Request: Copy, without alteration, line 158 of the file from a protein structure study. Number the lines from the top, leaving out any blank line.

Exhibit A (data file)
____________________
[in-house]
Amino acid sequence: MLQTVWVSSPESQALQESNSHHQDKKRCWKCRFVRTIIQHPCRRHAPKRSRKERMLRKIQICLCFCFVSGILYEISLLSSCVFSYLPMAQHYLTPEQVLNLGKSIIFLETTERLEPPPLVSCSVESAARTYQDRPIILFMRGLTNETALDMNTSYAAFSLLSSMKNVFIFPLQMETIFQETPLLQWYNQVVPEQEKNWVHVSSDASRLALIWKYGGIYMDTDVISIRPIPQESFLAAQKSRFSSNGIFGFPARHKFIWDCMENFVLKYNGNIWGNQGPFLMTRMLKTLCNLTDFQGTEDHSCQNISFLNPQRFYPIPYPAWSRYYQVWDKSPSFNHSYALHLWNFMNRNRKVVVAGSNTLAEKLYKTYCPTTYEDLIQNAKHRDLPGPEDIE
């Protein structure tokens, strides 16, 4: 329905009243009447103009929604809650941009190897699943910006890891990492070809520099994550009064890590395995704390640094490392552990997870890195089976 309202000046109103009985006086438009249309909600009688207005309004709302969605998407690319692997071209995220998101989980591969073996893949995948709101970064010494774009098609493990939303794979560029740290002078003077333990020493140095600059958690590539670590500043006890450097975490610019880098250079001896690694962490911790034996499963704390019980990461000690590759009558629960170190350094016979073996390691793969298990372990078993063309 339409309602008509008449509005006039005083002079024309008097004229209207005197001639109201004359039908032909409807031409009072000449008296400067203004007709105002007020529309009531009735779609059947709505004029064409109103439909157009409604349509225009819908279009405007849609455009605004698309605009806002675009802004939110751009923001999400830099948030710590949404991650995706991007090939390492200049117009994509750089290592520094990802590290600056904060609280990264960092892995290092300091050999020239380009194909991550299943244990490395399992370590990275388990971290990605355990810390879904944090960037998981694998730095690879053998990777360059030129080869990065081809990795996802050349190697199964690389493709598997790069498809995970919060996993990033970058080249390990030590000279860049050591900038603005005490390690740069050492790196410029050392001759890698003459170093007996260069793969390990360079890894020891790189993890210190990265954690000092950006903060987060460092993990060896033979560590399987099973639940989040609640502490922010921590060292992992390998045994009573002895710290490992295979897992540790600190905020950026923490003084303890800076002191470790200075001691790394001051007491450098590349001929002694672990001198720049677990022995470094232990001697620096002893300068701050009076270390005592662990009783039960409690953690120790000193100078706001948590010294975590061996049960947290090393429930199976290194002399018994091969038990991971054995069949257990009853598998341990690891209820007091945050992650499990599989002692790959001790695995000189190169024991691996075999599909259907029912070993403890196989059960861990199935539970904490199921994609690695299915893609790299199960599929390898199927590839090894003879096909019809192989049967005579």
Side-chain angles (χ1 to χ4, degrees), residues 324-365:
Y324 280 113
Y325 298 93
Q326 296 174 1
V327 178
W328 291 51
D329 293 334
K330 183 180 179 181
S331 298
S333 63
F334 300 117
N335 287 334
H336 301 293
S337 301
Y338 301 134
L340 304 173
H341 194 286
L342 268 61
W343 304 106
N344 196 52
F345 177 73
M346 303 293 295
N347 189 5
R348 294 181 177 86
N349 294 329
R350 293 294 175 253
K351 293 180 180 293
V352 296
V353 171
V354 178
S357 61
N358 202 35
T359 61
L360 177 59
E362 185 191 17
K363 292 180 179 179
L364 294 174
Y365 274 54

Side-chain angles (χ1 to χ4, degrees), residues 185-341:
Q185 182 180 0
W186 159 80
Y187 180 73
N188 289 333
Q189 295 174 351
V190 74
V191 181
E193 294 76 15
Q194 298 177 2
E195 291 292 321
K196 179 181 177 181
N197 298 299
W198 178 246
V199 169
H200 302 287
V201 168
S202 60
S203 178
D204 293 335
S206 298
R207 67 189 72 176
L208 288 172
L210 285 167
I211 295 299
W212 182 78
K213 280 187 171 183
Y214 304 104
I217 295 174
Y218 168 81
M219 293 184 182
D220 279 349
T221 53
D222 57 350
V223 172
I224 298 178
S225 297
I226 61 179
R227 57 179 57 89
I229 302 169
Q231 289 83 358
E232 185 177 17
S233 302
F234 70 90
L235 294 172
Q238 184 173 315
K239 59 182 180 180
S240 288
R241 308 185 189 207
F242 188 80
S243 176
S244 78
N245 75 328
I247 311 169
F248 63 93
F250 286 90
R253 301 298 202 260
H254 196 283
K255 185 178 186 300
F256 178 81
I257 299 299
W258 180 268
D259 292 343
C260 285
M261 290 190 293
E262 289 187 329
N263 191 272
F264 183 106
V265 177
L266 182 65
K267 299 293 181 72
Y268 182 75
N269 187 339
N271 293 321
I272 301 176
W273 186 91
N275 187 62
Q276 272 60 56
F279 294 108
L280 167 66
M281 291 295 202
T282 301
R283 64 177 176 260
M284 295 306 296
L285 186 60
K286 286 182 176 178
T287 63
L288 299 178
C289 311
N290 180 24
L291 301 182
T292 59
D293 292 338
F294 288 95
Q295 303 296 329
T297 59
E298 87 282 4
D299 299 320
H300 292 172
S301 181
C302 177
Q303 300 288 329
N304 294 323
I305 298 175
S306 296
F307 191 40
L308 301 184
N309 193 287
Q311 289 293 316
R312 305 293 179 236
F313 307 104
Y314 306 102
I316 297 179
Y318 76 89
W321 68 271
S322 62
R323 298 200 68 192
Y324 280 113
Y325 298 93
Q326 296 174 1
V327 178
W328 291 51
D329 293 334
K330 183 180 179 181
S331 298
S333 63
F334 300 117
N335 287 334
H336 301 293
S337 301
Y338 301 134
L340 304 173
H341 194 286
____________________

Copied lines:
R323 298 200 68 192